Mindful stress reduction involved the introduction of different application of mindfulness like informal practices and sitting meditation (Bowen & Marlatt, 2014). The practices were to be continued in every day of their lives for the success of the research. Part of the time was allocated in discussing of the challenges faced and the benefits gained during the meditation exercises.

The mindful movement group also covered the same applications of mindfulness but their informal practices were based on the mindfulness movement. There were exercises designed for the mindfulness movement where all of the participants were encouraged to keep a constant practice. A clinical psychologist and an expert in mindfulness led through both groups through the research exercise.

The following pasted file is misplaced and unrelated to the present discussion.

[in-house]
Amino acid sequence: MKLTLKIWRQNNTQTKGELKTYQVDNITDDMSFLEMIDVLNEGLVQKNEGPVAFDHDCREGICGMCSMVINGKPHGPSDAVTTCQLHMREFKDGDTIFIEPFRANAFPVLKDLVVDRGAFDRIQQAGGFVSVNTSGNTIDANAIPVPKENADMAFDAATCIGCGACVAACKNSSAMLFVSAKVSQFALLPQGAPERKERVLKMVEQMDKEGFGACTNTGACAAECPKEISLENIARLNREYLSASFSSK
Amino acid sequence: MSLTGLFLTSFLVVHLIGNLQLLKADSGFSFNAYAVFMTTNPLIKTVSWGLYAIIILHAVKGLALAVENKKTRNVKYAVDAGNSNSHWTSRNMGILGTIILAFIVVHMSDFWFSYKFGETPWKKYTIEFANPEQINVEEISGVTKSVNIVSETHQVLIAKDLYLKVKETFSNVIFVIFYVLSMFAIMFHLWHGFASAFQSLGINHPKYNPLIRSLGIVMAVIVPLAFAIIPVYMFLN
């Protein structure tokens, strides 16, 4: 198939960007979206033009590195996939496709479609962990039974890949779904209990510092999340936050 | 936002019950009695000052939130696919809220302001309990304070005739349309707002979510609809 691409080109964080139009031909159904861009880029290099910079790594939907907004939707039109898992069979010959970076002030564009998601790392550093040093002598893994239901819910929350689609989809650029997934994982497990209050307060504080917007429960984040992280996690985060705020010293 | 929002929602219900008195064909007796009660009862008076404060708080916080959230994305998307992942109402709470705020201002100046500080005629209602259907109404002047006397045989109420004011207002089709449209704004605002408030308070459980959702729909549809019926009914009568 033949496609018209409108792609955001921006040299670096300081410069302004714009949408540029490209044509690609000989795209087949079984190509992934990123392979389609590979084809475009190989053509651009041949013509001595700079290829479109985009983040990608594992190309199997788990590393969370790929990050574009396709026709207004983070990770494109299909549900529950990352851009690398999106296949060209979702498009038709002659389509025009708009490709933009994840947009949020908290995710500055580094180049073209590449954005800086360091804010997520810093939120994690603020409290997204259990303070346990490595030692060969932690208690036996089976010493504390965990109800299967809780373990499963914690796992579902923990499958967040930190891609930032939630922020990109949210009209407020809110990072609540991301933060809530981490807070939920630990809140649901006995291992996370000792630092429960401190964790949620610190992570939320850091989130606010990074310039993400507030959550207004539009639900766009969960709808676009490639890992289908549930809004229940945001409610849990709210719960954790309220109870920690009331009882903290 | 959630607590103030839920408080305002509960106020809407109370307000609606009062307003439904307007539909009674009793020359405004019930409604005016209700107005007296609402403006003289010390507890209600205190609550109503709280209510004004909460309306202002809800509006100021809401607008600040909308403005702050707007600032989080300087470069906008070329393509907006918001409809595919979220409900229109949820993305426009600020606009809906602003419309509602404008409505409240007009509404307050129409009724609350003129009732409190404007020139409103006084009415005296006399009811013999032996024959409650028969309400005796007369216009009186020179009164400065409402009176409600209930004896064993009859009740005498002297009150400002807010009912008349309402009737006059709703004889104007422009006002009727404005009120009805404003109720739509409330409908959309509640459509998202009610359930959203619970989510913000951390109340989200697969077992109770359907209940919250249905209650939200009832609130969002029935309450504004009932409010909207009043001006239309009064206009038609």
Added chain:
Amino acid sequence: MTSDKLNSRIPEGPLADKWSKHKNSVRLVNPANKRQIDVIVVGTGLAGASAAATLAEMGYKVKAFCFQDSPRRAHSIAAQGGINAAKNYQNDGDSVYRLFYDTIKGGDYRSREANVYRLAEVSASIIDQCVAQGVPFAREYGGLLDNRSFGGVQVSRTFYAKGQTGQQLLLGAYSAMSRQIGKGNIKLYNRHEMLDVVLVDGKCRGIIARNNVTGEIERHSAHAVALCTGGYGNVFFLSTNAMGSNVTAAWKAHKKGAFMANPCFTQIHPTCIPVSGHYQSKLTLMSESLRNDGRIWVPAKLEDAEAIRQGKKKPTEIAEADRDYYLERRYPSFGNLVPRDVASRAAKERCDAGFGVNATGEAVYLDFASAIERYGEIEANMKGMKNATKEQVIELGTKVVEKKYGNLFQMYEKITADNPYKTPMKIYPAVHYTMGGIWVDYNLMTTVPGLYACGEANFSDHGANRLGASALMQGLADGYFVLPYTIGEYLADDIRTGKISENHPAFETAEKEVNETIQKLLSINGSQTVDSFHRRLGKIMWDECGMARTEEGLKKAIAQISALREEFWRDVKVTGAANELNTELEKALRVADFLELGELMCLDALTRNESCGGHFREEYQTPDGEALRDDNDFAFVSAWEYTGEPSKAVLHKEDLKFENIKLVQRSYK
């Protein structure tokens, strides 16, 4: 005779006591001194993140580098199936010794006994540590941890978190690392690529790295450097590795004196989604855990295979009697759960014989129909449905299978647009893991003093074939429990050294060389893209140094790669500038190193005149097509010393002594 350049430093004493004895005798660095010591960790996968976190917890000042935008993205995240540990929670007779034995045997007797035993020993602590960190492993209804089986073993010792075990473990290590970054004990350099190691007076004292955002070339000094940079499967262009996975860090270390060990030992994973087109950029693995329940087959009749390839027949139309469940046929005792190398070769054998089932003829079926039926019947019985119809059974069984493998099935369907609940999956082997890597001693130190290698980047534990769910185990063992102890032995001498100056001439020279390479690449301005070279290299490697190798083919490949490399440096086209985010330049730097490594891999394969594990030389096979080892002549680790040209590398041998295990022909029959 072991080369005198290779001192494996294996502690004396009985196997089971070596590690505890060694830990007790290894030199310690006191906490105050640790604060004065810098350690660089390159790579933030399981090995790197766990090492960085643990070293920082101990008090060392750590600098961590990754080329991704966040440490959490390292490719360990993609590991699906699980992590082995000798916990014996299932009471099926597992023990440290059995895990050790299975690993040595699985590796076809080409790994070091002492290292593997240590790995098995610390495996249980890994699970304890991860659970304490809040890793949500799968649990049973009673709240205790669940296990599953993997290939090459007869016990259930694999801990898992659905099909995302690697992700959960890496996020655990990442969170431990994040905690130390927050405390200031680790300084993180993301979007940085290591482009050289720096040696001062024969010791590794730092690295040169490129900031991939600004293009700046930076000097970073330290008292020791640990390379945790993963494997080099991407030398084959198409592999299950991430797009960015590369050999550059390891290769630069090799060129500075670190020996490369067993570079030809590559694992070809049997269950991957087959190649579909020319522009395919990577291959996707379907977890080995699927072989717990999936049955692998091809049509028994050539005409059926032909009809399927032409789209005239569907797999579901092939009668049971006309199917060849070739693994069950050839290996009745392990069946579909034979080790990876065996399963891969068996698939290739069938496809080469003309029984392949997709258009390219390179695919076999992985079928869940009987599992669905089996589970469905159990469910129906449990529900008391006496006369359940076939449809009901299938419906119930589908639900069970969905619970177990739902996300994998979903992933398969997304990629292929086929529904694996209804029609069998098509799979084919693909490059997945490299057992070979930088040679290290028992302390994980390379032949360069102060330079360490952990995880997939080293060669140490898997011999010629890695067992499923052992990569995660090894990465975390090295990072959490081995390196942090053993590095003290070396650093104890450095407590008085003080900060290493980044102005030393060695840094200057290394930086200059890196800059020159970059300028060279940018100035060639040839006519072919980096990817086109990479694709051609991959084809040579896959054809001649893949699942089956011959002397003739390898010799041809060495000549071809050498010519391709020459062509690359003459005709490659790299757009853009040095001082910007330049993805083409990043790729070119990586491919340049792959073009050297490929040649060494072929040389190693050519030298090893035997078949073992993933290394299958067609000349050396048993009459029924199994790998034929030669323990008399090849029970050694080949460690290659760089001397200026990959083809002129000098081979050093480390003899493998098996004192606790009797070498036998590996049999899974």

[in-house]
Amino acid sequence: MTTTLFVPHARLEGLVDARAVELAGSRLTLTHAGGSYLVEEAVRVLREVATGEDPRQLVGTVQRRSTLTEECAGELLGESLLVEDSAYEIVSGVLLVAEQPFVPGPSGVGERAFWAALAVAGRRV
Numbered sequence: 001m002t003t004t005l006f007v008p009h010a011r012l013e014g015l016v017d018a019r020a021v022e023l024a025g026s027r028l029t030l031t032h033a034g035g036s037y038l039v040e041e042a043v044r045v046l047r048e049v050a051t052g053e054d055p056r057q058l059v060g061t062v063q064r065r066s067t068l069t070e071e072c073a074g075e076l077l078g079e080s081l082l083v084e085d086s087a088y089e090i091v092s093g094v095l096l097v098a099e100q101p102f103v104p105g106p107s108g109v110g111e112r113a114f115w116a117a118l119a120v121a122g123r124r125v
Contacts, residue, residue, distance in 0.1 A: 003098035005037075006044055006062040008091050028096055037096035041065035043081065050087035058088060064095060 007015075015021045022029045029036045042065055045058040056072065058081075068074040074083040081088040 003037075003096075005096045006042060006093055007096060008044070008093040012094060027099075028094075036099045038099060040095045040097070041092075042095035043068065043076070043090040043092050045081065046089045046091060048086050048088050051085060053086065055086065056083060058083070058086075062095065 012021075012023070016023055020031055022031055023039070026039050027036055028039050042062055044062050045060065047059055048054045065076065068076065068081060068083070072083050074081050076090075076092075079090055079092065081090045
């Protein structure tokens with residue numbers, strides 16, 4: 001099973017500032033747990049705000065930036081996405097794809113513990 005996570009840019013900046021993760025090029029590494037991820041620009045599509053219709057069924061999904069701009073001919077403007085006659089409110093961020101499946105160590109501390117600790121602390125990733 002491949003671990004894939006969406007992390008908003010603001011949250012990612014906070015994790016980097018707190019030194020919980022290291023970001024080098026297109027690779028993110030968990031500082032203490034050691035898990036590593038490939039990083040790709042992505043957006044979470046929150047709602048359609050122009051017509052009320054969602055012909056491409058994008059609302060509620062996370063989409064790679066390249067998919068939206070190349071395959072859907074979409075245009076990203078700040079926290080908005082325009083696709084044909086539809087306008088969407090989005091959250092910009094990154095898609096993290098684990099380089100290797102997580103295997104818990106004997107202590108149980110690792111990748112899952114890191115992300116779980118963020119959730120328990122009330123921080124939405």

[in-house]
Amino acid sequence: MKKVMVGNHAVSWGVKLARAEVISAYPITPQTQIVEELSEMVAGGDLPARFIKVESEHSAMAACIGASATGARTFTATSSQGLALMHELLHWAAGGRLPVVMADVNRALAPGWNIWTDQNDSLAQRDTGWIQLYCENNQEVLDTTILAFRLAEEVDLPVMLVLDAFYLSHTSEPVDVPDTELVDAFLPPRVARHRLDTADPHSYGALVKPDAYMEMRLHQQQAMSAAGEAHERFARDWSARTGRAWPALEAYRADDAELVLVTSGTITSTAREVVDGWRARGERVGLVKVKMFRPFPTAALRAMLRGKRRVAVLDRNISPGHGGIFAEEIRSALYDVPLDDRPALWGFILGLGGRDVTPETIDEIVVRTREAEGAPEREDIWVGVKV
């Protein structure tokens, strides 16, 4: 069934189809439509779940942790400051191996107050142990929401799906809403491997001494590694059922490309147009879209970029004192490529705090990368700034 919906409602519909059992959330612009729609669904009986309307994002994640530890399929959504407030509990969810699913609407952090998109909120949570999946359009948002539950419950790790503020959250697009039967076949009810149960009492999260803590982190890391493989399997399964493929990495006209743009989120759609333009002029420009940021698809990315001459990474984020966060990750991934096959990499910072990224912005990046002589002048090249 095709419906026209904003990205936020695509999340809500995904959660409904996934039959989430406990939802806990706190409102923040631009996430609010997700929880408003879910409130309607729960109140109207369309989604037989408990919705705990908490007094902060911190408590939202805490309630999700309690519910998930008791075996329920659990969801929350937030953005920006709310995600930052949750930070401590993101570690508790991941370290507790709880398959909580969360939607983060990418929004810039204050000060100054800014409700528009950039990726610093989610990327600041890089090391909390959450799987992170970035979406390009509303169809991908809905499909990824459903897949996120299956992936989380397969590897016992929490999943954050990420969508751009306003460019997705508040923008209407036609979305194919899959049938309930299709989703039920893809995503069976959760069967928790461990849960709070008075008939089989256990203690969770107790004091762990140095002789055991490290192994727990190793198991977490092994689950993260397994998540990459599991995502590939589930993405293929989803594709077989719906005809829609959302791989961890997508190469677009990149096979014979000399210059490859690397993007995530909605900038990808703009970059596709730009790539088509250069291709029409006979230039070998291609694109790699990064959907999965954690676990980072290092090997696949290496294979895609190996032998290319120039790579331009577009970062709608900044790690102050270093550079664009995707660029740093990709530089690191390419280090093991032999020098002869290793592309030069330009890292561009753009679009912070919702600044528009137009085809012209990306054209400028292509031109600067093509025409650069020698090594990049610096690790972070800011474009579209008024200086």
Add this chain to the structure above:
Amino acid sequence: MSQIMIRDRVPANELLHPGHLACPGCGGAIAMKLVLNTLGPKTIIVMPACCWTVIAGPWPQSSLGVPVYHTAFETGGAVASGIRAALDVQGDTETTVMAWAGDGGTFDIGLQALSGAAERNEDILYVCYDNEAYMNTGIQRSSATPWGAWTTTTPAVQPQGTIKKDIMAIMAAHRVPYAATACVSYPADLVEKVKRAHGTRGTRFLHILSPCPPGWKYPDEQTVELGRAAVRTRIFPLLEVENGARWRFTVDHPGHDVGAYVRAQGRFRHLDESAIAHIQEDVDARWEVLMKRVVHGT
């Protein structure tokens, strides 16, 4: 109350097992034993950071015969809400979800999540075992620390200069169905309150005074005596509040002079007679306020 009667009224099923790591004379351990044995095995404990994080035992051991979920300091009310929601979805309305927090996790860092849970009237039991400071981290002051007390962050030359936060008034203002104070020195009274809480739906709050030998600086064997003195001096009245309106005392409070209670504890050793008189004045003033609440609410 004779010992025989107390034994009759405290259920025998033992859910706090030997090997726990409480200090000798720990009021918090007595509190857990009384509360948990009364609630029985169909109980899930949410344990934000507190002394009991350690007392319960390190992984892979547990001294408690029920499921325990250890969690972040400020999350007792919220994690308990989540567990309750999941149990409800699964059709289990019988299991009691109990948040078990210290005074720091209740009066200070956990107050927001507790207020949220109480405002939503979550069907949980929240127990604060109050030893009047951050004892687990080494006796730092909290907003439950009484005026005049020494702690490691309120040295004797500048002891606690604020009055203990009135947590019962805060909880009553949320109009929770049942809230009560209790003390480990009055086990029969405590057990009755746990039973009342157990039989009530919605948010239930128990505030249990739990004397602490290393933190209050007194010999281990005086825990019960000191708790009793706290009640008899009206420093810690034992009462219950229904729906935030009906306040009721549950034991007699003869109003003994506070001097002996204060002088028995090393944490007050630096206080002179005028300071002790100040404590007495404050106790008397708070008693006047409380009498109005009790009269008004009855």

Results and Limitations

All of the students that participated were interviewed immediately after the exercise but only 19 students were interviewed during the 6 weeks follow up interview. The average age of the students was 19.5 years which was an age close to Steve’s and relevant to this research. There was an even distribution of gender. A total of 40 interviews were analyzed and the experts sought to understand from the interviews the effects of mindfulness on stress reduction. All the participants gave out distinct views on their experiences but all these experiences centered on some main themes as discussed in this report.

The limitations due in the research include: the limited number of students that were used to represent a large population size; most of the students who enrolled for the class did not manage to complete the exercises to the last stage of the follow up exercise.

Part B – Enablers and Barriers